02 February 2004 | Gareth Mytton
The UK manufacturing sector maintained its rapid growth in January, according to the latest PMI figures.
The purchasing managers' index (PMI) - a composite indicator of economic activity from CIPS and NTC Research, where 50 means no change on the previous month - was unchanged from December's four-year high of 56.
Output (58.3) rose to meet new and pre-booked orders, while new orders (60.2) indicated strong demand at home and abroad (56.2, with the US, China and Japan named in particular).
There were widespread signs of capacity constraints, as companies cut backlogs by taking on more staff and using existing stocks. Supply shortages, demonstrated by worsening delivery times, contributed to a drop in stocks of purchases (46.6) and a slowdown in quantity of purchases (54.5).
The weak dollar led to strong competition from cheaper US imports. Only 12.6 per cent of firms passed higher input costs (60.6) on to customers. Rising commodity prices - with metals mentioned for a second consecutive month - and the strong euro were blamed.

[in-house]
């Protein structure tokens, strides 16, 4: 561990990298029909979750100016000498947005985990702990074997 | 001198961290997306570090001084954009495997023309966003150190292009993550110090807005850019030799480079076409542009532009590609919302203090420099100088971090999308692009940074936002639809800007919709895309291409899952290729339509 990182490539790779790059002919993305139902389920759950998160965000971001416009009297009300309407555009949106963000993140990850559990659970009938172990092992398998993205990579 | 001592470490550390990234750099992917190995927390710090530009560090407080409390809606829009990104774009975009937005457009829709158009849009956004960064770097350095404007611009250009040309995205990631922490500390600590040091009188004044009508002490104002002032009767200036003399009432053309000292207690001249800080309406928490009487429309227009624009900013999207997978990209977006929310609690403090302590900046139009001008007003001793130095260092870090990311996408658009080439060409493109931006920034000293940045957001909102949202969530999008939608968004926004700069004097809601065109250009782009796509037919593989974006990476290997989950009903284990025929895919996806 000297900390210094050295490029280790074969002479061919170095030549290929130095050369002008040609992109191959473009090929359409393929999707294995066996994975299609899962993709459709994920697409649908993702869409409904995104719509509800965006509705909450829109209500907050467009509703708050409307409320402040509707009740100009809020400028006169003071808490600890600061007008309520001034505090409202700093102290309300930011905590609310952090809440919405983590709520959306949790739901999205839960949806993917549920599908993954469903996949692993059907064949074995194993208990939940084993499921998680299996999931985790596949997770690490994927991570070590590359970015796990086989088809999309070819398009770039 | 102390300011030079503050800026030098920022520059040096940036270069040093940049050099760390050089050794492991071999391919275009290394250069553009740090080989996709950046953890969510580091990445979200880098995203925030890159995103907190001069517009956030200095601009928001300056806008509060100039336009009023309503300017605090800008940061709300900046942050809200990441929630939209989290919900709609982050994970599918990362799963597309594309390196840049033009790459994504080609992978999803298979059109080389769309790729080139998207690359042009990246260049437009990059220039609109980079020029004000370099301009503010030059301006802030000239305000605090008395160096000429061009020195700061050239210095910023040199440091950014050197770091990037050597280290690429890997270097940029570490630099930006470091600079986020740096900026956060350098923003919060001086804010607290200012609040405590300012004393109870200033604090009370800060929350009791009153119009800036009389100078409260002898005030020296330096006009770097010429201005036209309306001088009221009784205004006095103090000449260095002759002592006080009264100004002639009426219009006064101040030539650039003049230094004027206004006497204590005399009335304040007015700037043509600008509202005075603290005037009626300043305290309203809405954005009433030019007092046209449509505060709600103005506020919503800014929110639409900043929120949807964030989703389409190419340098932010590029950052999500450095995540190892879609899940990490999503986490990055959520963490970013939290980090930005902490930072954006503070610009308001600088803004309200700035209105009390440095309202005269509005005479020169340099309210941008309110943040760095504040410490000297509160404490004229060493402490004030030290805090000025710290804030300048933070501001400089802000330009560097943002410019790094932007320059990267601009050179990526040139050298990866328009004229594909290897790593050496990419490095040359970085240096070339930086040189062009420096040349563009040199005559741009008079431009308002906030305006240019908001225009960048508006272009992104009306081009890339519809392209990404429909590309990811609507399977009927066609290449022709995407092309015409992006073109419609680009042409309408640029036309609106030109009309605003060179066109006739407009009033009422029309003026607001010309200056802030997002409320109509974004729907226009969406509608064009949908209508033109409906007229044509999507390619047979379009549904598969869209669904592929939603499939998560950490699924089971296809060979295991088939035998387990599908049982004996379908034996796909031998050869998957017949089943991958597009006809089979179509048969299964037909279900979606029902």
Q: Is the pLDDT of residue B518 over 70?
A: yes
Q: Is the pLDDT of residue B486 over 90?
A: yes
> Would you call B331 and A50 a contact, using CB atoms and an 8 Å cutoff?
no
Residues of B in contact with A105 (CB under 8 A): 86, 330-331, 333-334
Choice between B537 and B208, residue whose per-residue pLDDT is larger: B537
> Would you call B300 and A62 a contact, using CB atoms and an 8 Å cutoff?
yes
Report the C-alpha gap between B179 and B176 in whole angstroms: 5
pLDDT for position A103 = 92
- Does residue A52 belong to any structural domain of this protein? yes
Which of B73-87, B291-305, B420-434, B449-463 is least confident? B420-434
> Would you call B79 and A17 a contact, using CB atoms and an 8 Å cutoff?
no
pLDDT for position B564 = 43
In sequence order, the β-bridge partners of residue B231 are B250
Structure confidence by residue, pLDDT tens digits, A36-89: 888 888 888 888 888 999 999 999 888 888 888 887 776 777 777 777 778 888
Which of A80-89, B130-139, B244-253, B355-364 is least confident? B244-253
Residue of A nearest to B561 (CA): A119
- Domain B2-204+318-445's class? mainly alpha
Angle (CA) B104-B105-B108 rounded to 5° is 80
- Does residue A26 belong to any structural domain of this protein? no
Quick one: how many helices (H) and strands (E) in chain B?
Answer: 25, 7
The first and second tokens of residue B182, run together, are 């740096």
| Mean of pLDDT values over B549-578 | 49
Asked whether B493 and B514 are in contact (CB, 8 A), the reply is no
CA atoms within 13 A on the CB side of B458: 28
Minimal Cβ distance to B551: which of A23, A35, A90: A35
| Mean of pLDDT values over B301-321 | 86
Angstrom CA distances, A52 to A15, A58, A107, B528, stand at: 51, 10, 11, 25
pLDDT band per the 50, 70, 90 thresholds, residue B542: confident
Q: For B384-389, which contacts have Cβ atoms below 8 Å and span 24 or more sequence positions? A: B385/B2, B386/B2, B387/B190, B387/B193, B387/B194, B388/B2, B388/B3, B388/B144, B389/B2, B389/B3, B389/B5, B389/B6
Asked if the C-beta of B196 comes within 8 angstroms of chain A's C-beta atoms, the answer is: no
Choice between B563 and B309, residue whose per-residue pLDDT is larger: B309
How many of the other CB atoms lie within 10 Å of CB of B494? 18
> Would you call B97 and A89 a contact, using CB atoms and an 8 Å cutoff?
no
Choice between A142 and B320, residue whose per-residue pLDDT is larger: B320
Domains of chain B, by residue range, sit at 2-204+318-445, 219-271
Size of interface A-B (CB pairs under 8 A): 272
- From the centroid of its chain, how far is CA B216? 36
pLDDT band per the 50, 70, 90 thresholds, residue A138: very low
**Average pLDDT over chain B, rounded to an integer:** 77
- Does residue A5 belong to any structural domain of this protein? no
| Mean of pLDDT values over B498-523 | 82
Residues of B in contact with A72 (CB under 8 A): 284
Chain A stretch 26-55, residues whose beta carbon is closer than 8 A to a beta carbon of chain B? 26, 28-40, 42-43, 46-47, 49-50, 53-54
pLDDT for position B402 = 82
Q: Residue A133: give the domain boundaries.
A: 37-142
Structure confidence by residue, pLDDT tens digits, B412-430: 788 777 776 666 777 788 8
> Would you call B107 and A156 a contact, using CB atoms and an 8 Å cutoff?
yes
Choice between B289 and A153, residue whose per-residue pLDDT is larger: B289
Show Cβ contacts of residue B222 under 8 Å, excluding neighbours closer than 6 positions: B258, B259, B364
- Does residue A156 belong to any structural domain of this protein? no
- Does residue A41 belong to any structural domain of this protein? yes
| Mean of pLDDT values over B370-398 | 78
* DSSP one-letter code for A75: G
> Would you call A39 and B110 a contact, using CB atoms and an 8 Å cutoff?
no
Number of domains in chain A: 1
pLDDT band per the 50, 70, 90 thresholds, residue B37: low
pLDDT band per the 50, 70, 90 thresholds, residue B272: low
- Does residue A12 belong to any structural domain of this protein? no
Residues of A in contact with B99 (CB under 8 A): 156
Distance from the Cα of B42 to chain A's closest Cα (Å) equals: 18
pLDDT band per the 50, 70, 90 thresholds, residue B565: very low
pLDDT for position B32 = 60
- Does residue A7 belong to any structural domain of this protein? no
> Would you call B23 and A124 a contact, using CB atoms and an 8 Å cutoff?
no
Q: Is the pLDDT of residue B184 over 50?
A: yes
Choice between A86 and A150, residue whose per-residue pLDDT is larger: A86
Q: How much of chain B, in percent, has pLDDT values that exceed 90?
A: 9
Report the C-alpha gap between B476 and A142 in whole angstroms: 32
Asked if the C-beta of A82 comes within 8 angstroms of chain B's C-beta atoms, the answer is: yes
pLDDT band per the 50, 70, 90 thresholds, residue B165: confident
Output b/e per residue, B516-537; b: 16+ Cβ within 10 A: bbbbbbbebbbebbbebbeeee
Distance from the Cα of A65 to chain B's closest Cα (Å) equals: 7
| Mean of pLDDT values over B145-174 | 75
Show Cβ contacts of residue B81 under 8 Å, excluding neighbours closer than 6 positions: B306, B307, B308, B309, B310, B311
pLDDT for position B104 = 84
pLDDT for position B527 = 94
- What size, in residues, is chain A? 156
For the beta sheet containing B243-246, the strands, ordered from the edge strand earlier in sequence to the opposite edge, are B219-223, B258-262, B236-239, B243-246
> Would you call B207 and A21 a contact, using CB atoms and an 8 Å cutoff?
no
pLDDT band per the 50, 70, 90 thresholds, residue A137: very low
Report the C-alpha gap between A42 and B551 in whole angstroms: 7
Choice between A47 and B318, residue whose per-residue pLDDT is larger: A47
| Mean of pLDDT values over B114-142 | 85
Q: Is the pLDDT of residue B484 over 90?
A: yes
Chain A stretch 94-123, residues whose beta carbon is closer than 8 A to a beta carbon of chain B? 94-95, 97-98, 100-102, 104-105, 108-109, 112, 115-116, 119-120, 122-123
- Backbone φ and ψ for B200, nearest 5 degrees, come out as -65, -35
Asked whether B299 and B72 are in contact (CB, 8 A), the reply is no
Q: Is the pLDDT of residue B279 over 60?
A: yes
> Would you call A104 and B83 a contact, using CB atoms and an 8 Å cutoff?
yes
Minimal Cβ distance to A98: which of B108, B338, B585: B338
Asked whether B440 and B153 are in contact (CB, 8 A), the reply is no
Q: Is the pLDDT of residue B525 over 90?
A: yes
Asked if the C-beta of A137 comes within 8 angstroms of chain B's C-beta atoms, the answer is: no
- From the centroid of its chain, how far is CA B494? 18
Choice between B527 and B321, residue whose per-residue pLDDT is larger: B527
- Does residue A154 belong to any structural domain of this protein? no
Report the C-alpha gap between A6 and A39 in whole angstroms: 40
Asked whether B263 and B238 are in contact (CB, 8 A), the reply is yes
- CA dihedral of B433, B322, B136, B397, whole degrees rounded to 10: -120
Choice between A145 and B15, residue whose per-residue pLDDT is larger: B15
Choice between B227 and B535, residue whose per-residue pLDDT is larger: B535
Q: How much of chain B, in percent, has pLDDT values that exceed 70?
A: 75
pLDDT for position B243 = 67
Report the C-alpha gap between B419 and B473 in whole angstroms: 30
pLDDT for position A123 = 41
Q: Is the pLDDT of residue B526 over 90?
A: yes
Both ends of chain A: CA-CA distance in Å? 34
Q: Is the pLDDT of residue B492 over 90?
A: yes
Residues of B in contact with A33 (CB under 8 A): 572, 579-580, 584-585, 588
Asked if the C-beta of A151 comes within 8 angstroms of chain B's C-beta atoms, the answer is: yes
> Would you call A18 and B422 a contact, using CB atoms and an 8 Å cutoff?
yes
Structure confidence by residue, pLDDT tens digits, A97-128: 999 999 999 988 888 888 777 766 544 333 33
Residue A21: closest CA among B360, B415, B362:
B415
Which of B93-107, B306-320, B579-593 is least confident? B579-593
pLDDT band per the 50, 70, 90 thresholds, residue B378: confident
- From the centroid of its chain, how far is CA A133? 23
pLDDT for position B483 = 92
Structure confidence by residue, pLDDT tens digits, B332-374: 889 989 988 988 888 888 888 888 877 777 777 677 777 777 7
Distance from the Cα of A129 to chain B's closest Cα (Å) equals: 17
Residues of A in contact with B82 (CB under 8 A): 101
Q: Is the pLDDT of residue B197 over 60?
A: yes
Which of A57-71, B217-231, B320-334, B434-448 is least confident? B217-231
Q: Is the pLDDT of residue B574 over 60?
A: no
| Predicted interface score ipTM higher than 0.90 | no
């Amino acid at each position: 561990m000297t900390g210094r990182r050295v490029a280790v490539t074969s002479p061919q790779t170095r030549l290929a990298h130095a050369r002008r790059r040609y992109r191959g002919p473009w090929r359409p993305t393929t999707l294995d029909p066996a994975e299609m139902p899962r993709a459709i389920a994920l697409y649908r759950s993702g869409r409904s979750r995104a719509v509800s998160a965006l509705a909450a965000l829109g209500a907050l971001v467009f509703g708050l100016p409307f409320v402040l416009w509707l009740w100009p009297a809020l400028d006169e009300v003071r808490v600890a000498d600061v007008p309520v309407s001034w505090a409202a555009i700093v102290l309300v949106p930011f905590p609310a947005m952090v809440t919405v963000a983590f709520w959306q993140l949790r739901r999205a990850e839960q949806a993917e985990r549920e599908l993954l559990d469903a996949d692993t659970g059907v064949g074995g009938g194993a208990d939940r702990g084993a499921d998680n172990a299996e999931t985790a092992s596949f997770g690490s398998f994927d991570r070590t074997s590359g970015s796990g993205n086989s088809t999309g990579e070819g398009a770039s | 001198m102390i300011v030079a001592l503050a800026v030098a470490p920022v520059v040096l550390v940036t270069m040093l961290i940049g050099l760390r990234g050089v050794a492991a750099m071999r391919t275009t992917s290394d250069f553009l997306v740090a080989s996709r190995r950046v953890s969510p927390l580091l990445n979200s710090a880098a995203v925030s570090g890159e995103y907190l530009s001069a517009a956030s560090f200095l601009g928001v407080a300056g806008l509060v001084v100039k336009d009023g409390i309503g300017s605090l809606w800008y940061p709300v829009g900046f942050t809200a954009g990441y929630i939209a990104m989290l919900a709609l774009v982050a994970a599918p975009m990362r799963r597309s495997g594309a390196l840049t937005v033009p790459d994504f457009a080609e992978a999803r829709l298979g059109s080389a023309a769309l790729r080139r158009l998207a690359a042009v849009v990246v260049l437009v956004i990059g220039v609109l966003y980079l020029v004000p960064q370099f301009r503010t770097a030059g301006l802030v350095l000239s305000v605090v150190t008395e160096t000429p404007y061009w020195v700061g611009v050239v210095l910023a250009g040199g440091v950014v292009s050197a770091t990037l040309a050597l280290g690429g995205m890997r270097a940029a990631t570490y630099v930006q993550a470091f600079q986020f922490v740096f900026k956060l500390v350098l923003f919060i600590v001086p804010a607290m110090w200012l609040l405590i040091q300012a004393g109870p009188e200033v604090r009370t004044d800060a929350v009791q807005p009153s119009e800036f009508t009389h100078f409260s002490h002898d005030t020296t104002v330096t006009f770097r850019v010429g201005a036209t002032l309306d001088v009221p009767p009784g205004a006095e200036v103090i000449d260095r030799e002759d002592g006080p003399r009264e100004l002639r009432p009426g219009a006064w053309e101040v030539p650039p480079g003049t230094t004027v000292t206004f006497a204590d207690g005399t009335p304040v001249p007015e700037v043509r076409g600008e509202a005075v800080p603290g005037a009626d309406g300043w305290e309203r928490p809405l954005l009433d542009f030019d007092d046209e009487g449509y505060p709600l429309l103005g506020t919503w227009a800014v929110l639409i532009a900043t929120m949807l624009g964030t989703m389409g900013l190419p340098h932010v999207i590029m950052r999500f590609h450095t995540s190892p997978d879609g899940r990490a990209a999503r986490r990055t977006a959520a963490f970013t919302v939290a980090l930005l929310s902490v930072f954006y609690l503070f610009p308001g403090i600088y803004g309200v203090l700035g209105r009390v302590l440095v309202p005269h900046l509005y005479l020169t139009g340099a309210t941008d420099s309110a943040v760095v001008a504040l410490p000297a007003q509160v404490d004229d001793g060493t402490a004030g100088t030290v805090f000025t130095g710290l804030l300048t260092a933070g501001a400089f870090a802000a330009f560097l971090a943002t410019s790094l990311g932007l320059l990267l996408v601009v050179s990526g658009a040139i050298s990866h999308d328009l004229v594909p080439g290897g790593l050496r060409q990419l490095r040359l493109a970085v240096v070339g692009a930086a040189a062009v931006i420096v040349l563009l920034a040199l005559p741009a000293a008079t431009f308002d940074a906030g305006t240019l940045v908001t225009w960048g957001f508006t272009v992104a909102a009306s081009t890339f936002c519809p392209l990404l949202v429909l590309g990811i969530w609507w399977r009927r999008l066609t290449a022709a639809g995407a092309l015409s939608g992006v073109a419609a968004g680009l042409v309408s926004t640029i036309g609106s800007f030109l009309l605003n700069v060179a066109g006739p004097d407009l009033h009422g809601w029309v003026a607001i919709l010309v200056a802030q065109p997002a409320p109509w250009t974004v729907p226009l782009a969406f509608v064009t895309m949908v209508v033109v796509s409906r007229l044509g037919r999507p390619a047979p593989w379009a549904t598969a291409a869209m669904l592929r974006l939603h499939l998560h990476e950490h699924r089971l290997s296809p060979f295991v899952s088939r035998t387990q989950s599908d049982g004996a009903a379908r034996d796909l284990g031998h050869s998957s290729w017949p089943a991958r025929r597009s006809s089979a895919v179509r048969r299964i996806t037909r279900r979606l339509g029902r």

In the euro-zone, manufacturers enjoyed the strongest growth for three years in January. The PMI stood at 52.5, boosted by rises in output (54.6) and new orders but held back by falling employment.
And in the US, the Institute for Supply Management's (ISM) January manufacturing report on business put the PMI at 63.6. The US manufacturing recovery is still uneven, with some sectors reporting little evidence of a comeback.
* More information on the UK and euro-zone PMIs is available at www.ntc-research.com
. The full text of the ISM report on the US manufacturing economy for January, and previous reports, is available at http://www.ism.ws/ISMReport/index.cfm.